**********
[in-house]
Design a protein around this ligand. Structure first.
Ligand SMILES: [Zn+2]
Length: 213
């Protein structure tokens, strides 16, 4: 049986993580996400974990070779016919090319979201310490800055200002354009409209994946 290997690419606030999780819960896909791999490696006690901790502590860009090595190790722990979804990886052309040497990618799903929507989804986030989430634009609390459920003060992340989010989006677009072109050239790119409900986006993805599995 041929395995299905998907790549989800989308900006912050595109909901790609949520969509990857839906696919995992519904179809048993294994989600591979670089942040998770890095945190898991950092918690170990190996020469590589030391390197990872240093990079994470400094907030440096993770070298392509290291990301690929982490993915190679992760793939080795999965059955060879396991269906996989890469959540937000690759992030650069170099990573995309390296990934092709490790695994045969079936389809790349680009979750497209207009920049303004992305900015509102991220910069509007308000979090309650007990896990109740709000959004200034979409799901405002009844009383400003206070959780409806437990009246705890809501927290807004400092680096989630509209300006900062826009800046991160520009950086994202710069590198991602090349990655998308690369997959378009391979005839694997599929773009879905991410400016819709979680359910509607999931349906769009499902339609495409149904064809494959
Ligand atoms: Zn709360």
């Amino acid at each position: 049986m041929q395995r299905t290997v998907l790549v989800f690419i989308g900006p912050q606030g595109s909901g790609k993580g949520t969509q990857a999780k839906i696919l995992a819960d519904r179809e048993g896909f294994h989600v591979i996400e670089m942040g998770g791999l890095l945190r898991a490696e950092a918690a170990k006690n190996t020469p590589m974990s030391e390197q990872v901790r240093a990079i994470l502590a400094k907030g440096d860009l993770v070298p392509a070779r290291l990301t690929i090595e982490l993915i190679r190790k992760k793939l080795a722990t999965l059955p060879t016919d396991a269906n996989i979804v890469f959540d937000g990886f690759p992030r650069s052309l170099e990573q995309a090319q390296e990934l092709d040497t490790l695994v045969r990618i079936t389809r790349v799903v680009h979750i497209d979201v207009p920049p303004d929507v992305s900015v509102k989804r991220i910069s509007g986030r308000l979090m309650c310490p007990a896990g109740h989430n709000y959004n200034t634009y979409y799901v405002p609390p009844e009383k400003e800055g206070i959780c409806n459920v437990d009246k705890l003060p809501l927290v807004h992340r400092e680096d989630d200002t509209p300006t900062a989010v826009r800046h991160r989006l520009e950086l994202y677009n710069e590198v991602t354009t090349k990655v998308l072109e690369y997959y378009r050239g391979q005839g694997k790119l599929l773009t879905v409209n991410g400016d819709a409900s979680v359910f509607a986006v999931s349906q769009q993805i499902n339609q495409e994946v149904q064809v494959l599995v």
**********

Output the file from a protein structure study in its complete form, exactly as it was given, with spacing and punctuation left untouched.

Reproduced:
[in-house]
Design a protein around this ligand. Structure first.
Ligand SMILES: [Zn+2]
Length: 213
């Protein structure tokens, strides 16, 4: 049986993580996400974990070779016919090319979201310490800055200002354009409209994946 290997690419606030999780819960896909791999490696006690901790502590860009090595190790722990979804990886052309040497990618799903929507989804986030989430634009609390459920003060992340989010989006677009072109050239790119409900986006993805599995 041929395995299905998907790549989800989308900006912050595109909901790609949520969509990857839906696919995992519904179809048993294994989600591979670089942040998770890095945190898991950092918690170990190996020469590589030391390197990872240093990079994470400094907030440096993770070298392509290291990301690929982490993915190679992760793939080795999965059955060879396991269906996989890469959540937000690759992030650069170099990573995309390296990934092709490790695994045969079936389809790349680009979750497209207009920049303004992305900015509102991220910069509007308000979090309650007990896990109740709000959004200034979409799901405002009844009383400003206070959780409806437990009246705890809501927290807004400092680096989630509209300006900062826009800046991160520009950086994202710069590198991602090349990655998308690369997959378009391979005839694997599929773009879905991410400016819709979680359910509607999931349906769009499902339609495409149904064809494959
Ligand atoms: Zn709360």
């Amino acid at each position: 049986m041929q395995r299905t290997v998907l790549v989800f690419i989308g900006p912050q606030g595109s909901g790609k993580g949520t969509q990857a999780k839906i696919l995992a819960d519904r179809e048993g896909f294994h989600v591979i996400e670089m942040g998770g791999l890095l945190r898991a490696e950092a918690a170990k006690n190996t020469p590589m974990s030391e390197q990872v901790r240093a990079i994470l502590a400094k907030g440096d860009l993770v070298p392509a070779r290291l990301t690929i090595e982490l993915i190679r190790k992760k793939l080795a722990t999965l059955p060879t016919d396991a269906n996989i979804v890469f959540d937000g990886f690759p992030r650069s052309l170099e990573q995309a090319q390296e990934l092709d040497t490790l695994v045969r990618i079936t389809r790349v799903v680009h979750i497209d979201v207009p920049p303004d929507v992305s900015v509102k989804r991220i910069s509007g986030r308000l979090m309650c310490p007990a896990g109740h989430n709000y959004n200034t634009y979409y799901v405002p609390p009844e009383k400003e800055g206070i959780c409806n459920v437990d009246k705890l003060p809501l927290v807004h992340r400092e680096d989630d200002t509209p300006t900062a989010v826009r800046h991160r989006l520009e950086l994202y677009n710069e590198v991602t354009t090349k990655v998308l072109e690369y997959y378009r050239g391979q005839g694997k790119l599929l773009t879905v409209n991410g400016d819709a409900s979680v359910f509607a986006v999931s349906q769009q993805i499902n339609q495409e994946v149904q064809v494959l599995v």